Our Father

I seem to have spent my Advent reading time either thoroughly disagreeing with Nouwen, or finding that he’s stating the obvious.  Today falls into the stating the obvious – God loves us. Every sermon I ever preach deconstructs to “God loves you, just do your best”, so I didn’t find much to engage my brain there. Heart yes, brain no.

ImageSo I spent the rest of the time, watching my Advent candle burn, sitting in God’s lap, and listening to the tick of my Grandfather’s clock.  Ah, yes, Grandad’s clock. I’ve lived with it nearly all my life. It has a very loud strike, louder than some Grandfather Clocks. When I was little, it used to interrupt the television, and phone calls still have to pause as it strikes. It is relegated to my study because the rest of my family complain about it keeping them awake. For me, it is part of the sound and rhythm of my life, its tick is like a heartbeat.

Some years ago, my then vicar ran a house group, for the first time in that parish. At one session, the homework he gave was instead of praying “Our Father”, to use a better translation of the Aramaic, and pray “Daddy”. He thought this would alter our relationship with God the Father, and bring each of us closer to God. I pointed out the fatal flaw – my relationship with my father could best be described as non-existent, and I’d never used the word Daddy, except to my children about their father. As a word to conjure a relationship, “Daddy” has no first hand meaning for me. So he asked who the significant father figure in my life was as a child, and suggested I substitute in them instead.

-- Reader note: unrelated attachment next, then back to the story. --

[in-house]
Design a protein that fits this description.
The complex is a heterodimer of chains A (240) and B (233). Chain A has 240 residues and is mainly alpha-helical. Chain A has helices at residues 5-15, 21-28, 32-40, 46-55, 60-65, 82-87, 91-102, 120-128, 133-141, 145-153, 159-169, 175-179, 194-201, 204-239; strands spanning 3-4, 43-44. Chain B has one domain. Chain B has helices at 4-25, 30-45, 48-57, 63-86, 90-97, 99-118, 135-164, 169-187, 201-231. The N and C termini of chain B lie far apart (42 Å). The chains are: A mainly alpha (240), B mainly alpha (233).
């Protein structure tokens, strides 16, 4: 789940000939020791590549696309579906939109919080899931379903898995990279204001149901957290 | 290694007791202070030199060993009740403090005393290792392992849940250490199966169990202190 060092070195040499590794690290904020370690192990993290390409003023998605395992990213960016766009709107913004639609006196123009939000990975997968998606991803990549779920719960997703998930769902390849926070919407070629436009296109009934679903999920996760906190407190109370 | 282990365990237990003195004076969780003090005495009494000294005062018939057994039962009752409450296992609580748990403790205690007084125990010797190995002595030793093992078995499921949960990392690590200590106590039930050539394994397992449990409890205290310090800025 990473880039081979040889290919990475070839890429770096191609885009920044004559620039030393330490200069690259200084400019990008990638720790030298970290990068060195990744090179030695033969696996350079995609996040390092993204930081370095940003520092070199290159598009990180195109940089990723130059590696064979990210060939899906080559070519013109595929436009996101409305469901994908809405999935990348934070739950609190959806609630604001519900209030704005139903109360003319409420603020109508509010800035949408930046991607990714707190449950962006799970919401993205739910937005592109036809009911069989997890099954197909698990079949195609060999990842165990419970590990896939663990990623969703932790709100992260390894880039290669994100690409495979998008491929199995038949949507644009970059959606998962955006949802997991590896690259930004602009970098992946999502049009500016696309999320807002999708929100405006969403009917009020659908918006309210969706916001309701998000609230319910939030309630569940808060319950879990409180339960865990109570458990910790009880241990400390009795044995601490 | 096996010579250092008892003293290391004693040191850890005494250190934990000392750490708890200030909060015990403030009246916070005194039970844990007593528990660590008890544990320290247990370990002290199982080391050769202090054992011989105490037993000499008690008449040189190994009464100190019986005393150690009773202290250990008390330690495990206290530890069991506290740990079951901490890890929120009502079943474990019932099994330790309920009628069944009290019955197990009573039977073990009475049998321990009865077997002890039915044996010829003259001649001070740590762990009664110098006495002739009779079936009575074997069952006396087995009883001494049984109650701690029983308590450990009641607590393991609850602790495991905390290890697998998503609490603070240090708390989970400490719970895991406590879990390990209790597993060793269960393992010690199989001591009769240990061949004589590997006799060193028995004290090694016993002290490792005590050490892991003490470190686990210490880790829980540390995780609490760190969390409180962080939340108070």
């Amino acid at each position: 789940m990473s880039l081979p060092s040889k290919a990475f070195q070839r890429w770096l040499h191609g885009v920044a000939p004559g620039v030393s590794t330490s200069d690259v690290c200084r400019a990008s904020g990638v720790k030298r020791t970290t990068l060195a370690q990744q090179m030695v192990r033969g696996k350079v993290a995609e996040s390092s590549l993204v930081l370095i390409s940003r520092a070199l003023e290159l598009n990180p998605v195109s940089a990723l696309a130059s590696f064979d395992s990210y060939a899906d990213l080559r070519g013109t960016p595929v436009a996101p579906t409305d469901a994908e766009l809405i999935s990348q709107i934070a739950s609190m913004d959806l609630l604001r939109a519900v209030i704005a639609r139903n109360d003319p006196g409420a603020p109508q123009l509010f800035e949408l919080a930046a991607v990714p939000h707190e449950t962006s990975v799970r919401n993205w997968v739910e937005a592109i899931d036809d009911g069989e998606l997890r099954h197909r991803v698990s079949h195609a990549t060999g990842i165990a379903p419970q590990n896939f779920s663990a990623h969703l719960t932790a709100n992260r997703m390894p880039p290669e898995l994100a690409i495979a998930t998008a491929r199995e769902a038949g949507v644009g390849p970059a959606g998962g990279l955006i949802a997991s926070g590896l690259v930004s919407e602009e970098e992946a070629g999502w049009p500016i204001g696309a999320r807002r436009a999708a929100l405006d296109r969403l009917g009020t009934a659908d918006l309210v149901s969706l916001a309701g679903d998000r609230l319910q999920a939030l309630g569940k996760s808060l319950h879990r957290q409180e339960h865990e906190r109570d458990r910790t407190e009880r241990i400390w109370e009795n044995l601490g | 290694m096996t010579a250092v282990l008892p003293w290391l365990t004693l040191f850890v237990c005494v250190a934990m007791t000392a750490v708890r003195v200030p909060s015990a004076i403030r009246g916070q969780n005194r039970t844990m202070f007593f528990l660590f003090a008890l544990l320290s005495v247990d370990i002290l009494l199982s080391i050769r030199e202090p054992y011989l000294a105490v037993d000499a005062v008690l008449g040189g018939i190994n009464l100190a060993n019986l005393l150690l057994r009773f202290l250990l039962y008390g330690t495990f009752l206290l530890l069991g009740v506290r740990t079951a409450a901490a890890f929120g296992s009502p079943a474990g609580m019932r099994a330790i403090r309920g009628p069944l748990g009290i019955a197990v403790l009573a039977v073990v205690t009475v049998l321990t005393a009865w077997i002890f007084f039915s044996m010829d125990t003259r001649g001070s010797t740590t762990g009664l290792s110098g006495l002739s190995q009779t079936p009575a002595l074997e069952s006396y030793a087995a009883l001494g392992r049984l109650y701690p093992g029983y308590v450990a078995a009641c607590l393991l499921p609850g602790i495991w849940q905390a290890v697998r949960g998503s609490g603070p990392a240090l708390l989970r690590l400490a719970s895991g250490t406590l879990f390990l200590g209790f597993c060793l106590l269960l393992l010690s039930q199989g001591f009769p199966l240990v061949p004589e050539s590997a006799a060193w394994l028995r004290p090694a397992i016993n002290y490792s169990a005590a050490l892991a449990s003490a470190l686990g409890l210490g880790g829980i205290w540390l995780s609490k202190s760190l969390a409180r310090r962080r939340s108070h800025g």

Grandad Sept-75Praying the Lord’s Prayer to “Grandad” felt horrid. I had a great relationship with my Grandad, I adored him, but using his name somehow took me straight to him instead of to God. Praying “Grandad” felt somehow blasphemous – I couldn’t see through my relationship with Grandad to God. Don’t get me wrong, I know God was alive and well in that relationship, there was so much love it could hardly be otherwise, but I couldn’t use the relationship as a way into the Lord’s Prayer.  I’ve tried it a few times over the years, and it still doesn’t work for me. I’ve tried it with other relationships too – oddly enough, praying “Mum” works just fine. I’ve never really fathomed out why.

But I concluded a long time ago that God loves me even more than my family did – and in my family (apart from cups of tea) love was the only thing never in short supply. I am one of the fortunate ones, because of my family, I am able to believe that God loves me even when I am at my most unloveable. And that doesn’t rely on people, or even on the reliable always there ticking of Grandad’s clock.

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3 responses to “Our Father

  1. You are indeed one of the fortunate ones… For many, neither mum nor dad gave secure love, and they are never sure that they are loved or lovable. Be grateful.

  2. Incidentally, I’m absolutely with you on not using family addresses to address God…
    although I could, if I wanted to, do “daddy”, I could never ever do “mummy”. Which speaks volumes…

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